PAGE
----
It basically is the same hard disk with the same 5-year warranty, but with a different firmware. I have several Caviar Black at home and they are very good, but they are not used for Raid.

The WD1002FAEX costs $95 and the Raid Edition WD1002FBYS costs $140 on Newegg.com. Is the Raid Edition worth it in an enterprise environment? To me TLER certainly is worth it to keep the Raid working properly, but it doesn't make them better than the desktop version. If you believe that the RE3 is a better drive for you, then why not buy it? It only is $45 more.


I haven't bought either disk, because I don't have the belief you attributed to me, and because I do not yet have enough information to make a decision.

How do you know the two disks are identical, apart from firmware? I have seen this asserted in reviews, and I have been told contradictory things by WD employees, but I haven't seen any written confirmation from WD, and WD's website at least tries to suggest the opposite. How do you know?

And what about the claim of superior quality control for the RE3, as compared to Caviar Black? Is this true? Does it matter, and if so, how much does it matter?
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a c 103 G Storage
June 29, 2010 4:55:03 PM

I think you need to visit WD factory, and see how these things are made, buy 50 of each and run them for 5 years under various conditions, then see how they hold up.

That will be about the only answer that will be really good since you keep asking for some positive proof that one will outlast the other. I doubt anyone here has a full disk testing lab setup in their house to answer what you are looking for.
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a c 82 G Storage
June 29, 2010 5:51:59 PM

Quote:
And what about the claim of superior quality control for the RE3, as compared to Caviar Black? Is this true? Does it matter, and if so, how much does it matter?
If enterprise drives were better, then I would expect to replace fewer of those than desktop units. Unfortunately that isn't always true. I have both enterprise and desktop drives at home. My comments are not based on home use only; they are based on what I also see at my customer sites. As hang-the-9 suggested, buy both and see which one survives the other. Also read the bad reviews about the WD1002FAEX on Newegg. Please read them as an IT person who understands that stuff and not as a home user who doesn't know the difference between Raid ready drives and their desktop counterpart. Ignore comments about the drive not working on an old PC, etc. Don't forget to also read the bad reviews about the WD1002FBYS. Again do it as an IT person, not as a home user.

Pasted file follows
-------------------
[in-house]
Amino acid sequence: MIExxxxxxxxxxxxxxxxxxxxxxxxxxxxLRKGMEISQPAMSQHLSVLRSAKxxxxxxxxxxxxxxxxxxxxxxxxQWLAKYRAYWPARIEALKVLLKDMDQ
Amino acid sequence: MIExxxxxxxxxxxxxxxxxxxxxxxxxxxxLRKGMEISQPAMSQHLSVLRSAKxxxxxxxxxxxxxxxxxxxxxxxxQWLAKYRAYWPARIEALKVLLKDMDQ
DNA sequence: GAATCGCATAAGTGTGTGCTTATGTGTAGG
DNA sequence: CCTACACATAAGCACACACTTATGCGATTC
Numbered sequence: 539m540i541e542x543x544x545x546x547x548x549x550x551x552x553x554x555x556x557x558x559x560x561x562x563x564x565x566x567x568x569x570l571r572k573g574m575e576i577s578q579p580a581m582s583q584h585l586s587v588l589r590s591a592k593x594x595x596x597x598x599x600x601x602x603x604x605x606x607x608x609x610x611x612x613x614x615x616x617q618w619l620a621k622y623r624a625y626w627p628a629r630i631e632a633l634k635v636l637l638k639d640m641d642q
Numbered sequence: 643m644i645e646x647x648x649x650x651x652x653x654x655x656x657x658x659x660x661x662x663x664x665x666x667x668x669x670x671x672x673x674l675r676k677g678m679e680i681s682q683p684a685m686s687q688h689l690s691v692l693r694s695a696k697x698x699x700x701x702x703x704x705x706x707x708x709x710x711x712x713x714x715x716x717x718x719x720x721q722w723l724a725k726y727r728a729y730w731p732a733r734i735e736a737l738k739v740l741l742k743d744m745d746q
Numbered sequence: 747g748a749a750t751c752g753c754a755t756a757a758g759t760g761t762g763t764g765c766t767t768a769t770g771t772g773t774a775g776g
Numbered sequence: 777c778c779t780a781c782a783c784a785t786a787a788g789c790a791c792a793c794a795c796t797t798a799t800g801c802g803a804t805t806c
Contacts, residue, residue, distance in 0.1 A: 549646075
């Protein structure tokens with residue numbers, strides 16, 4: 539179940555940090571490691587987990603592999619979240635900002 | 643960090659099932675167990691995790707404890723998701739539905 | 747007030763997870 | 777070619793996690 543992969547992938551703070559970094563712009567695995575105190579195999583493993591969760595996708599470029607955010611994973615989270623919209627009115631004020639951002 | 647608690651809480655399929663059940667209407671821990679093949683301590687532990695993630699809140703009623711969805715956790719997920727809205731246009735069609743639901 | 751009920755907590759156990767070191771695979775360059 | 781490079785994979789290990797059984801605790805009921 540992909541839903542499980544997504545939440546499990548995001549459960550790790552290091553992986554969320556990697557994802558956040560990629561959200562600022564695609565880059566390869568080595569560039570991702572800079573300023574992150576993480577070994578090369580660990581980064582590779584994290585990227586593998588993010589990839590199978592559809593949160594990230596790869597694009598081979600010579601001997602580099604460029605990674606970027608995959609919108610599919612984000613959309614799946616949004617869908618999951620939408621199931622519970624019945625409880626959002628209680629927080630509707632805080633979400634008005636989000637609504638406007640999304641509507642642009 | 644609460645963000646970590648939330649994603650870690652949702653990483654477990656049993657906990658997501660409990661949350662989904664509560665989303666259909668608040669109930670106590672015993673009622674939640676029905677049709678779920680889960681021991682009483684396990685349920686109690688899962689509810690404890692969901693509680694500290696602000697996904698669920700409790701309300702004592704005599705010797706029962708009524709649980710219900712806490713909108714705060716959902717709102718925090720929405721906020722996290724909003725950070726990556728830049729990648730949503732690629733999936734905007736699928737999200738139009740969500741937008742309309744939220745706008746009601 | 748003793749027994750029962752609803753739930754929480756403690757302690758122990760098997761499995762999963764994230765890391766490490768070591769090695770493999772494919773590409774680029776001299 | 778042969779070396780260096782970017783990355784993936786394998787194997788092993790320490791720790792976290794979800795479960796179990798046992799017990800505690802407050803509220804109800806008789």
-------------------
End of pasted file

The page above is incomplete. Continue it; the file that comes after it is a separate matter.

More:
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June 29, 2010 8:45:38 PM

GhislainG said:
Quote:
And what about the claim of superior quality control for the RE3, as compared to Caviar Black? Is this true? Does it matter, and if so, how much does it matter?
If enterprise drives were better, then I would expect to replace fewer of those than desktop units. Unfortunately that isn't always true. I have both enterprise and desktop drives at home. My comments are not based on home use only; they are based on what I also see at my customer sites. As hang-the-9 suggested, buy both and see which one survives the other. Also read the bad reviews about the WD1002FAEX on Newegg. Please read them as an IT person who understands that stuff and not as a home user who doesn't know the difference between Raid ready drives and their desktop counterpart. Ignore comments about the drive not working on an old PC, etc. Don't forget to also read the bad reviews about the WD1002FBYS. Again do it as an IT person, not as a home user.


I don't want to spend time and money experimenting to assess hard drive reliability. A sample of two drives, one from the RE3, and one from the Caviar Black, would not be sufficiently large to provide the information I need. The information I need requires statistics from a large population of drives.

I can't understand why anybody would buy a hard drive from Newegg, since their practices with respect to poor packaging can only be described as reckless and foolish. I also can't understand why anybody would want a hard drive after it has been shipped via UPS. Earth to Newegg: hard drives are fragile! I pay close attention to the Newegg reviews, but their usefulness is limited by Newegg's reckless packaging and shipping practices for hard drives. I read all the one-egg and two-egg reviews for the two drive models you specified, but I was unable to draw any relevant conclusions from them. How about you?
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June 29, 2010 8:57:15 PM

hang-the-9 said:
I think you need to visit WD factory, and see how these things are made, buy 50 of each and run them for 5 years under various conditions, then see how they hold up.

That will be about the only answer that will be really good since you keep asking for some positive proof that one will outlast the other. I doubt anyone here has a full disk testing lab setup in their house to answer what you are looking for.